By John Regan, CEO, Mymyne
Just before the Covid-19 pandemic spread across the Western World, adtech and marketing professionals were facing their own existential crisis in the wake of Google’s cookie killing announcement.
A data-fuelled mass marketing culture, enabled by the internet and geared only towards short-term profits, was coming to an end and the entire industry was left asking itself ‘what next?’
Now, despite the pandemic giving us ample opportunity to offer real digital value and engage consumers, many brands have run for the hills. Sadly, it’s not the first time we’ve seen this. When the financial crisis hit, many marketers opted to keep their heads down, daring not to rock the boat or do anything that might attract attention, be it positive or negative.
In times of crisis, the default for many is inertia. We’ve all heard reports of how the brand safety police have been trying to avoid coronavirus related content, but more notably what we are seeing is……nothing. A recent survey showed that, as of 31st March, 86% of UK marketers are delaying or reviewing campaigns.
Understanding the market
Today, as in right now, we’re seeing that bored audiences are looking for things to engage with. A Global Web Index report released earlier this month showed:
- 38% of people are spending more time on social media
- 39% are spending more time on messaging services
- 31% are watching more online videos
We’re also seeing consumers have an expectation that brands, which have grown wealthy from the money we spent on them in the good times, will support us in our hour of need.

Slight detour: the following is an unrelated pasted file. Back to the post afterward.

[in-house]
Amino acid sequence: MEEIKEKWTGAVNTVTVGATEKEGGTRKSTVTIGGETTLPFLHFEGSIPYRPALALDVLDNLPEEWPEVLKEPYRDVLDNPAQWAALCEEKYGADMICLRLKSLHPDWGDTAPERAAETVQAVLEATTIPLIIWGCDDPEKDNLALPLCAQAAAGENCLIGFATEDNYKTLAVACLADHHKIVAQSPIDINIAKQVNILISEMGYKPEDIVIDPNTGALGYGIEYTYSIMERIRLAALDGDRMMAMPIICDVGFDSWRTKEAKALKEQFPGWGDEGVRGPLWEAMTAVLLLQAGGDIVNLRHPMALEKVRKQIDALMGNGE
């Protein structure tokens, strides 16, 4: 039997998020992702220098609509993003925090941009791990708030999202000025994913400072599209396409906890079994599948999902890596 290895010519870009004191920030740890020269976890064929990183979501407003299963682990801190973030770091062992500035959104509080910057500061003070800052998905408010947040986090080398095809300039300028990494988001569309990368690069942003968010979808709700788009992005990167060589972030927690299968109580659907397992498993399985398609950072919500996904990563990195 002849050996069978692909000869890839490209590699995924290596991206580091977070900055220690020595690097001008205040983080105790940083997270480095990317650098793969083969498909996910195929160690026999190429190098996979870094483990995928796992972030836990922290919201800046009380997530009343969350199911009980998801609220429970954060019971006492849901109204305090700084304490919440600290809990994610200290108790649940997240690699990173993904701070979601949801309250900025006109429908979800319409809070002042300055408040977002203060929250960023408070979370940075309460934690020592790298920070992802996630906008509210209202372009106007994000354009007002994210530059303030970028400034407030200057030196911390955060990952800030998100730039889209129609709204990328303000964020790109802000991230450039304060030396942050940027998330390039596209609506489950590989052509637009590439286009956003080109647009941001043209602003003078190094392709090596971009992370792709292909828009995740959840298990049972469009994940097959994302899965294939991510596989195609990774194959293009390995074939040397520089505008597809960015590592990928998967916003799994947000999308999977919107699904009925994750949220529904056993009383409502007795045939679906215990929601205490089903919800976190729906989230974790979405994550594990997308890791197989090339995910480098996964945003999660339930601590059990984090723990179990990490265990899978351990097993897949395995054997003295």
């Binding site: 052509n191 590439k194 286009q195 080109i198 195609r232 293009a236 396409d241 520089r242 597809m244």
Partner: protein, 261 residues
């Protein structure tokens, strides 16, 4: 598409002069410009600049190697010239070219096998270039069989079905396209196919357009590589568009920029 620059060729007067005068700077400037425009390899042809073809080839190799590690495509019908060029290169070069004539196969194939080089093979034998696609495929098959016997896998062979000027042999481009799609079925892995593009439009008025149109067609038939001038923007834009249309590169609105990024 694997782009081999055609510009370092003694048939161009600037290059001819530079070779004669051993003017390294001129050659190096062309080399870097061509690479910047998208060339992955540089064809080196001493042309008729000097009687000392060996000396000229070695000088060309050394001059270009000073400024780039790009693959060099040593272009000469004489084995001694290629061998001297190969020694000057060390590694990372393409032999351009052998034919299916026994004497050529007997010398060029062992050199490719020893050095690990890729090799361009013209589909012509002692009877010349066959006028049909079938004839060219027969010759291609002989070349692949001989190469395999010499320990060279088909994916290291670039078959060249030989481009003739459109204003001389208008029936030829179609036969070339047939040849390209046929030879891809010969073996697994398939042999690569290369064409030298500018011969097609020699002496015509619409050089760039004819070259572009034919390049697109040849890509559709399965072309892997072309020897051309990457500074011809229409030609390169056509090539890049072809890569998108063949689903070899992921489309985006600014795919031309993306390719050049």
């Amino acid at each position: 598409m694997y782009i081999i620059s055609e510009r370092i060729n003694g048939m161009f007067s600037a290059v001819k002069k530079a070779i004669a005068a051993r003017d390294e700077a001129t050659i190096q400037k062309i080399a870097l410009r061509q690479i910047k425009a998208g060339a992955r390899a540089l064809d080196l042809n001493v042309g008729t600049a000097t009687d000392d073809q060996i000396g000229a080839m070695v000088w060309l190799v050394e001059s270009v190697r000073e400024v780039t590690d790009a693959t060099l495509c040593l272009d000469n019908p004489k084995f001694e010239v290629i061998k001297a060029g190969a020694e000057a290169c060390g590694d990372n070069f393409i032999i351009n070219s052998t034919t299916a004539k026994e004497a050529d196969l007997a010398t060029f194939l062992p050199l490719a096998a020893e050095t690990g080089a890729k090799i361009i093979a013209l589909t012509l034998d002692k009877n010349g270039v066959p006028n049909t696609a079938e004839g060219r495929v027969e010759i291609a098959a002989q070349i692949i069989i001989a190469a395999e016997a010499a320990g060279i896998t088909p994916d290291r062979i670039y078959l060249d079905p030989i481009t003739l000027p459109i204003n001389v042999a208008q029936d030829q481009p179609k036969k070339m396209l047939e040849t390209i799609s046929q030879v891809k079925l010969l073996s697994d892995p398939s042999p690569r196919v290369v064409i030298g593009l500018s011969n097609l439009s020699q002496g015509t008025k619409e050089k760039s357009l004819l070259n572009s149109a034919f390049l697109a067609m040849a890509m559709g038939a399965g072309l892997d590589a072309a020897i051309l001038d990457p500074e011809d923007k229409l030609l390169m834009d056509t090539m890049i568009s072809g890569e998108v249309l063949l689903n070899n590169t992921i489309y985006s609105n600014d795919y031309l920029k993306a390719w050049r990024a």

According to Edelman’s Covid-19 Brand Trust Report, consumers want to see brands putting people before profit by taking action to help address the societal challenges posed by the pandemic. For 71%, brands that fail to demonstrate this, will lose their trust forever.
And, with 86% of campaigns delayed, brands which do take the risk of doing something different will be heard and remembered. Brands like Brew Dog, M&S, Lush and Joe Wicks (or his personal brand) have won the attention and affinity of the public by taking positive measures to support their customers and employees.
What should brands be doing?
The one safe bet is that more people are currently transacting digitally than ever before and, with the end of social distancing possibly as long as 18 months away, this will continue for the foreseeable future.
Aside from Coronavirus, we also know that the way we identify online audiences is also being disrupted by changing sentiment towards data, restrictive privacy measures from the likes of Google and Facebook and tougher privacy legislation in Europe and the US.
These two factors suggest that the priority for brands must be to adapt quickly to the current situation, and redefine the way they communicate with their audiences going forward, because it will be very different to what’s gone before. Right now, the most risky thing a brand can do is to hunker down and hope to return to ‘business as usual’ in the near future.
One thing the brands mentioned above have in common is their ability to capture the zeitgeist of the pandemic and taken action that acknowledges the strange times we’re living in and are adding real value in their own way. People are bored, isolated, stressed.
The healthcare system is stretched to breaking point and parents are reacquainting themselves with Pythagoras theorem and Jane Eyre.
Brands need to explore new ways of identifying their audience. They need to understand what makes them tick and what they have to offer, going beyond profit-driven metrics to deliver on those less tangible but equally important KPIs – engagement, trust and loyalty.
As was the case in 2008, now is not the time to be dovish.
I’ve long held the belief that clichés become clichés because they’re true.
So here’s a true cliché – brands that experiment now and adapt to this new and evolving landscape, will emerge from the crisis with an audience which is more engaged, more loyal and more willing to buy as the global economy resets itself.